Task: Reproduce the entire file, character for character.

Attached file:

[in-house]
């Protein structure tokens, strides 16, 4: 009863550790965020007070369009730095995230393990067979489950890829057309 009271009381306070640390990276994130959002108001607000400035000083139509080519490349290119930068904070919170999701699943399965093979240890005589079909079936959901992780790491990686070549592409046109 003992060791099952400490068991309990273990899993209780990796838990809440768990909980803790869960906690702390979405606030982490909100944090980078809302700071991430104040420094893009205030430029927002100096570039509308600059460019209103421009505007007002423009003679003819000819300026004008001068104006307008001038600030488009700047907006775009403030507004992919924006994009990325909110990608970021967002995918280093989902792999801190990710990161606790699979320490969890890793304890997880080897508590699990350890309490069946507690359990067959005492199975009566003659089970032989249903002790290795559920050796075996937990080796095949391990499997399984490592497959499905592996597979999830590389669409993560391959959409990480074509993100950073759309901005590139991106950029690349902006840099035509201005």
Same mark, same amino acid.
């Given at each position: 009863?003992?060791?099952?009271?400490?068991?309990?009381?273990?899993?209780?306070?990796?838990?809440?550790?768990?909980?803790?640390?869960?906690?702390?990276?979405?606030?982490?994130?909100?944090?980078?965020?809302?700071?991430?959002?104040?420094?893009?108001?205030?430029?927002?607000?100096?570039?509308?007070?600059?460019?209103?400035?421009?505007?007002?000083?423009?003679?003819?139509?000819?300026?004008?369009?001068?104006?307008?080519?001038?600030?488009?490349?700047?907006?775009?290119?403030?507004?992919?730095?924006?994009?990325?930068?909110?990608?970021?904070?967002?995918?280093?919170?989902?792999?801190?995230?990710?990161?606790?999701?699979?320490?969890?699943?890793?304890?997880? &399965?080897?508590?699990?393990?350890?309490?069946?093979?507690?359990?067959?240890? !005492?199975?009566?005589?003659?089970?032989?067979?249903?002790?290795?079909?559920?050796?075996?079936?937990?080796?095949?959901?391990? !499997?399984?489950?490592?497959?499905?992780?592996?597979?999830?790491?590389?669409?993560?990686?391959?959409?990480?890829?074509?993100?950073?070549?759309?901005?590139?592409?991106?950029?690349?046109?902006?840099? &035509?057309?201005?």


[in-house]
């Protein structure tokens, strides 16, 4: 009863550790965020007070369009730095995230393990067979489950890829057309 009271009381306070640390990276994130959002108001607000400035000083139509080519490349290119930068904070919170999701699943399965093979240890005589079909079936959901992780790491990686070549592409046109 003992060791099952400490068991309990273990899993209780990796838990809440768990909980803790869960906690702390979405606030982490909100944090980078809302700071991430104040420094893009205030430029927002100096570039509308600059460019209103421009505007007002423009003679003819000819300026004008001068104006307008001038600030488009700047907006775009403030507004992919924006994009990325909110990608970021967002995918280093989902792999801190990710990161606790699979320490969890890793304890997880080897508590699990350890309490069946507690359990067959005492199975009566003659089970032989249903002790290795559920050796075996937990080796095949391990499997399984490592497959499905592996597979999830590389669409993560391959959409990480074509993100950073759309901005590139991106950029690349902006840099035509201005």
Same mark, same amino acid.
């Given at each position: 009863?003992?060791?099952?009271?400490?068991?309990?009381?273990?899993?209780?306070?990796?838990?809440?550790?768990?909980?803790?640390?869960?906690?702390?990276?979405?606030?982490?994130?909100?944090?980078?965020?809302?700071?991430?959002?104040?420094?893009?108001?205030?430029?927002?607000?100096?570039?509308?007070?600059?460019?209103?400035?421009?505007?007002?000083?423009?003679?003819?139509?000819?300026?004008?369009?001068?104006?307008?080519?001038?600030?488009?490349?700047?907006?775009?290119?403030?507004?992919?730095?924006?994009?990325?930068?909110?990608?970021?904070?967002?995918?280093?919170?989902?792999?801190?995230?990710?990161?606790?999701?699979?320490?969890?699943?890793?304890?997880? &399965?080897?508590?699990?393990?350890?309490?069946?093979?507690?359990?067959?240890? !005492?199975?009566?005589?003659?089970?032989?067979?249903?002790?290795?079909?559920?050796?075996?079936?937990?080796?095949?959901?391990? !499997?399984?489950?490592?497959?499905?992780?592996?597979?999830?790491?590389?669409?993560?990686?391959?959409?990480?890829?074509?993100?950073?070549?759309?901005?590139?592409?991106?950029?690349?046109?902006?840099? &035509?057309?201005?």